The two boys walked through the woods. Taylor focused on the trail they followed, and Charlie idly wandering behind him, stopping to look at the shapes of leaves and keeping an eye out for spider webs. Charlie had seen The Fly several years ago, at an age when he parents thought he was too young to understand, and therefore surely too young to be scared of anything happening on screen. They had been right for the most part. In fact, Charlie had fallen asleep in front of the television, only waking once to see the scientist’s head on that tiny, helpless fly body, screaming for someone to save him, with no one noticing. It felt so real to Charlie, and that night he dreamt of being eaten alive, his guts sucked out of him by a giant spider with the spinning head of Mrs. Lewis, his health teacher. He woke to a wet bed. Now, walking through the woods, he made sure to keep sort of a quiet, listening, and ready pose in case he heard the tiny screams of a small fly with the head of a man. Suddenly, Taylor took off running.
“Here! Here it is!” Taylor waved frantically, something silver and terrible appearing in his hand. Charlie started after him and tripped, landing at Taylor’s feet. “Get up, you baby. Charlie, you’re a grade A pussy.” Taylor flashed the knife in Charlie’s eyes. Embarrassed, Charlie pushed himself up off the ground, wiping dirt and leaves off his slacks. “Then, that’s what you’re here to show me? That knife? I’ve seen a stupid knife before, Taylor. Who cares?”
“No, man. It’s not just the knife. I’m not going to kill you, but I am going to kill this.” Taylor jutted out his right hand and pointed at a cage about five feet away, containing a black cat. Charlie stepped back.

***

Mother laughed and looked at him from what seemed like miles above, “What were you laughing at?”
The joy in Charlie’s heart suddenly replaced by fear and embarrassment, he quickly dropped his smile in to the face of a soldier at attention.
“The joke,” he said quietly, sternly. He shrugged, ever so slightly, attempting to subtly inform the room that he was embarrassed, and just trying to play along.
“Mmm, I see.” Mother laughed lightly, and moved some steak around in her mouth. A tiny stream of juice slithered out the corner of her upturned mouth. She lifted a twig like finger and pushed the juice back into her mouth, leaving behind a shiny trail into the smelly chamber. “What was the joke, then? I don’t think I got it correctly, if you managed to get it, too.”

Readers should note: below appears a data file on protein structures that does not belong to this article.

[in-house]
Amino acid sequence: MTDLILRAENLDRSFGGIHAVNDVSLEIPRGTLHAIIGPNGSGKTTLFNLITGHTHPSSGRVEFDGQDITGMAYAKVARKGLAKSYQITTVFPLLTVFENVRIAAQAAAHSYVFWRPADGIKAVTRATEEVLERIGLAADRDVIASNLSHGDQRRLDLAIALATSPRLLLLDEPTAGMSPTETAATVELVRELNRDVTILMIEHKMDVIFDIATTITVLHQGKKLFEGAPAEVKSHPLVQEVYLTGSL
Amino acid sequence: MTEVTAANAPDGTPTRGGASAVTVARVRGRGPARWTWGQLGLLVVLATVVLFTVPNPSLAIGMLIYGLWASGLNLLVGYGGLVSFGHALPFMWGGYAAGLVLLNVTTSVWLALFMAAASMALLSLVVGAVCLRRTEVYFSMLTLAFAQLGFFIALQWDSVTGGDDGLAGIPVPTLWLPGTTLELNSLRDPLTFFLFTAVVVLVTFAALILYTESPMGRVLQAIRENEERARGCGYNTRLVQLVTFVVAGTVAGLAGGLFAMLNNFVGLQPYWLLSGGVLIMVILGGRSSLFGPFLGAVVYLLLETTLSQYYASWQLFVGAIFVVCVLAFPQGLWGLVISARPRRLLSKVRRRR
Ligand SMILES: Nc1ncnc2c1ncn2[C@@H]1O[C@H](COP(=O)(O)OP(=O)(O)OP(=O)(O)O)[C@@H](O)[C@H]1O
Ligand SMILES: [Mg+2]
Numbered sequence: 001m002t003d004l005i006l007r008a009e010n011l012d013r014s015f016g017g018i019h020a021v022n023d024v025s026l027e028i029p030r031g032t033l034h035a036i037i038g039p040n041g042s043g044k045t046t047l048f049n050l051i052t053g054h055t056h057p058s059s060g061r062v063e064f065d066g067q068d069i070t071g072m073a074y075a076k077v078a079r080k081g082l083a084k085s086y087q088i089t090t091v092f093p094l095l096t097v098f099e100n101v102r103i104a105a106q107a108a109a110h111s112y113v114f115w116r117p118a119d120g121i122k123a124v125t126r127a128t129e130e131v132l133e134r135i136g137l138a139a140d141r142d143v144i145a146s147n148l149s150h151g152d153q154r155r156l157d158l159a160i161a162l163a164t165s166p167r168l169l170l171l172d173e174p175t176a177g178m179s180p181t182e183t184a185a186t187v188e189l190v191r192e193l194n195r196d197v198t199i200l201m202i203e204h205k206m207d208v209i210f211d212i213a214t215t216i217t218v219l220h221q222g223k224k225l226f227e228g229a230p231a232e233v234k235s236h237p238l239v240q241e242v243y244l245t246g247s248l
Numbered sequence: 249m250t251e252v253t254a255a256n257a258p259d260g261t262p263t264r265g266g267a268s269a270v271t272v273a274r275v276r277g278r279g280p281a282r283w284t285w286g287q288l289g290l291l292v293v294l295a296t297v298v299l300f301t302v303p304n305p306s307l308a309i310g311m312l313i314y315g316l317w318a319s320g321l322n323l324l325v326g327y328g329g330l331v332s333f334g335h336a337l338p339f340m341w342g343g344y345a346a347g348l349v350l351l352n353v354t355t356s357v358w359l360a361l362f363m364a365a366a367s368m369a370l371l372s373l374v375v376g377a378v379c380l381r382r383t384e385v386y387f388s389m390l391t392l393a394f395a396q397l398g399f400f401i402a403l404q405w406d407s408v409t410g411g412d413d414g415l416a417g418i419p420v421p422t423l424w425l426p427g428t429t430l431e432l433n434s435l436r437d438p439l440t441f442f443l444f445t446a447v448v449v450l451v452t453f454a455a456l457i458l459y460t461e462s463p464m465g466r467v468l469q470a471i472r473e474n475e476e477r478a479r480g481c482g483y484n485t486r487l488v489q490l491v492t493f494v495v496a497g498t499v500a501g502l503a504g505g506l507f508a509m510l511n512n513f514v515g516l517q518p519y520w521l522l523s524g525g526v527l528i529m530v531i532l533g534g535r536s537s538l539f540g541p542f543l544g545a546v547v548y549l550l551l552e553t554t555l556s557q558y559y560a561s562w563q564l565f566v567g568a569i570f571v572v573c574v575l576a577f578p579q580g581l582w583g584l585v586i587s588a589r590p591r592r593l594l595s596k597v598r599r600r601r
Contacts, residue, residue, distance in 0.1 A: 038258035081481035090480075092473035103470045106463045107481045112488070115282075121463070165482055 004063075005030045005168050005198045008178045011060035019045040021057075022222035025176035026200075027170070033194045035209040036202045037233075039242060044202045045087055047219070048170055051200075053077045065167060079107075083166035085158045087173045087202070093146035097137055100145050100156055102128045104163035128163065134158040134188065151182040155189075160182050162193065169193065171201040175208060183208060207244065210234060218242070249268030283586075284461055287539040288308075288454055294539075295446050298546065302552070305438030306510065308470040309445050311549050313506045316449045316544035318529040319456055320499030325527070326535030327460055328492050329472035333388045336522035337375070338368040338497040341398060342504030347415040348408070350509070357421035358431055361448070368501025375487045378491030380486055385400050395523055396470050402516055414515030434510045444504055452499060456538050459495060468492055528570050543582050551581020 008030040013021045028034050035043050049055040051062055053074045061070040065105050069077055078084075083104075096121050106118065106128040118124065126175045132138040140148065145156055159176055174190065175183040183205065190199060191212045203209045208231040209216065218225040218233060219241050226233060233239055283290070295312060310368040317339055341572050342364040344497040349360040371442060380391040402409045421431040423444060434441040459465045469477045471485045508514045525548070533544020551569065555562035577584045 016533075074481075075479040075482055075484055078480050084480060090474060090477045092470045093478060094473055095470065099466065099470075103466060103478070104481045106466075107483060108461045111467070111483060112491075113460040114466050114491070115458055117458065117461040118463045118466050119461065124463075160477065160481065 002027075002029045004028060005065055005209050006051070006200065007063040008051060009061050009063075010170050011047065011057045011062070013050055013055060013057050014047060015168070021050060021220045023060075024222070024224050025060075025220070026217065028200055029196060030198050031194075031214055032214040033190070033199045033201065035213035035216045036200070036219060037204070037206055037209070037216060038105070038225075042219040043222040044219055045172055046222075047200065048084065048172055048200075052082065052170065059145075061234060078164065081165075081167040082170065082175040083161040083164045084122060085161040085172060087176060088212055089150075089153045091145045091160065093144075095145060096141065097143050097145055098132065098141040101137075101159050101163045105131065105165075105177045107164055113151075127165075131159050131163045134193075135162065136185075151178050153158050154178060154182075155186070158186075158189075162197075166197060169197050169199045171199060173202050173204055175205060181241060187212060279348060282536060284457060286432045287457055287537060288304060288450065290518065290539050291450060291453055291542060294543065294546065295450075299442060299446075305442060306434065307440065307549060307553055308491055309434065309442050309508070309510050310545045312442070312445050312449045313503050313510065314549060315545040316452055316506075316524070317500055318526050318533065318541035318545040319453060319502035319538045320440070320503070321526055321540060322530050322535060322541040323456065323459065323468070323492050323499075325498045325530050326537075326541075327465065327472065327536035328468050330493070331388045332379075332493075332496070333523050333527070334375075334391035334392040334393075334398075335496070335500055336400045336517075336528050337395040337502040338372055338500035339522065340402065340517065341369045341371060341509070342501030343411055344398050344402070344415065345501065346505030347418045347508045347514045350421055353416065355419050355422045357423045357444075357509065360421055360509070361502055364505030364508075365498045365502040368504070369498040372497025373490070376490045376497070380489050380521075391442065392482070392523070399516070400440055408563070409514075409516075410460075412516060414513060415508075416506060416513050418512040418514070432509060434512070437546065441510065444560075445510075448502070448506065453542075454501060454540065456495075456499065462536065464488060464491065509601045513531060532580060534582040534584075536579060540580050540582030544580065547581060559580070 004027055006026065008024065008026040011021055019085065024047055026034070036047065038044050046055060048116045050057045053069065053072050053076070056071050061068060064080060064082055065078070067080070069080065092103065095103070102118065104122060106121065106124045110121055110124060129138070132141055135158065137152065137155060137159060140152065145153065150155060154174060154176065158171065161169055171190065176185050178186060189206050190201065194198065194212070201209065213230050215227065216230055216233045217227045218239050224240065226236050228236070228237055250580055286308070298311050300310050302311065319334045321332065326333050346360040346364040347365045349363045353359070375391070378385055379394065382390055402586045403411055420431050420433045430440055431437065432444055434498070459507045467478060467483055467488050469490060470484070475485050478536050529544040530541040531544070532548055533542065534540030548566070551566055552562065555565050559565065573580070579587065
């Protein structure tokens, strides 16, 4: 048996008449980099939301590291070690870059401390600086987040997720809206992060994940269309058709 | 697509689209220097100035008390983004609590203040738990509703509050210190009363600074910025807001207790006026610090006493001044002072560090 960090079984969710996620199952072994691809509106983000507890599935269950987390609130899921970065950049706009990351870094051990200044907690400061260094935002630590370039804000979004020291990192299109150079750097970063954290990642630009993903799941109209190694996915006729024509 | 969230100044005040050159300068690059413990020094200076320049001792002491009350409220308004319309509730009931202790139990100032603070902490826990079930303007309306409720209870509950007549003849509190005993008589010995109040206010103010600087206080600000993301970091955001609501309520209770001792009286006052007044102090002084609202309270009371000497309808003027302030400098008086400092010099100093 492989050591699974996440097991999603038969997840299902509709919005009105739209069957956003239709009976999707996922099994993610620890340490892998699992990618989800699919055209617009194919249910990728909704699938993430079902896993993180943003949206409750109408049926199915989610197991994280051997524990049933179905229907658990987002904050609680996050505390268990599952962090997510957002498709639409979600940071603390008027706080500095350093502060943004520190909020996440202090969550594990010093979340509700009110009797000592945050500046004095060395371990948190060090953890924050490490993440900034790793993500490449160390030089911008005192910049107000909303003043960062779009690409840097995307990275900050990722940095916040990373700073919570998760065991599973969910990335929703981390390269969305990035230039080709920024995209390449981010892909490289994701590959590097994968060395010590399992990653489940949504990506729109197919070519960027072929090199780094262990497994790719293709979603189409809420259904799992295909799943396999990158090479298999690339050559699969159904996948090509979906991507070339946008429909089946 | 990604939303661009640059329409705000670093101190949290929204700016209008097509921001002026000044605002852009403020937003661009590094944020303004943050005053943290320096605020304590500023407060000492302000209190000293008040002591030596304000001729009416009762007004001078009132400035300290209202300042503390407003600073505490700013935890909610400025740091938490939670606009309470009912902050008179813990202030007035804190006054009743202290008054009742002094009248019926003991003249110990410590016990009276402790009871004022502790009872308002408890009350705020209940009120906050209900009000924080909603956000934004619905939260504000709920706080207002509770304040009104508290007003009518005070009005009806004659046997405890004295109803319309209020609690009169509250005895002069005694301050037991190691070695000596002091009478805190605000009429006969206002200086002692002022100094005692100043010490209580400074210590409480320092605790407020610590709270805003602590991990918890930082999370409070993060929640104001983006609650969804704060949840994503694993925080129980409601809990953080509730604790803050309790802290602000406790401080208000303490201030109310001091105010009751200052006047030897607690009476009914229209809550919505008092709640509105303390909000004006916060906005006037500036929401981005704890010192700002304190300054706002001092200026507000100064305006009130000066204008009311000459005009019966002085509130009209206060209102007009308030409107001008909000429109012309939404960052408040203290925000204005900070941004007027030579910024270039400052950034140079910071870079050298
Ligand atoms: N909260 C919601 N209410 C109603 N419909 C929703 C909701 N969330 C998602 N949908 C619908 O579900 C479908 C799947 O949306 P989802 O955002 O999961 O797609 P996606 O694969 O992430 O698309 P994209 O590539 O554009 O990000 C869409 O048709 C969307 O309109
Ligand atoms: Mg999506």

Charlie looked around the table. Everyone was looking at him. His leg began to twitch. Skinny, their black lab rose from his father’s feet and came to lick Charles’ shaking knee.
“French fries,”Charlie timidly chirped. Mother arched one eye brow and looked around the room, sucking gristle from her teeth and chuckling. “And?”

Charlie picked at his blistered finger. It began to ooze beneath the table. Skinny licked his leaking hand. “French fries are a good food for a last meal. If I were going to die, I would want to eat a bunch of french fries before I went?” Although this wasn’t a question proper, Charlie raised the end of the sentence to a sharp point before trailing off. His intention in this mirrored that of his meek, feeble shrug from earlier. He wished his family would lay off of him, just once.

Everything remained silent for far too long, except the sound of Skinny devouring Charlie’s finger puss. Charlie’s father coughed. “Jesus, Marie, just tell the kid why it was so funny. He’s got to grow up sometime.” Charlies mother smiled, a peppercorn stuck between her lateral and central incisors. Leaning in very close to Charlie’s face, she said in almost a whisper, “Charlie, darling, he’s not just going to die he is being killed, because he’s a murderer. He is getting electrocuted to death, in front of people. His last words include the term French Fries because it’s a pun. His last name is French and he is going to fryyyy.” With that the room began to shake again with laughter. Charlie sunk in his chair, feeling foolish and stupid and naive and hated and ashamed. He tried to laugh again a little, so they knew that he knew. He also hoped they knew he hated them. But at the same time, he wanted them to love him.

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One response to “#amwriting

  1. You are bound for greatness. Your writing is becoming more polished with every new piece. I want to read the rest of that novel. And I’m not just saying this because I am…well…you know who I am.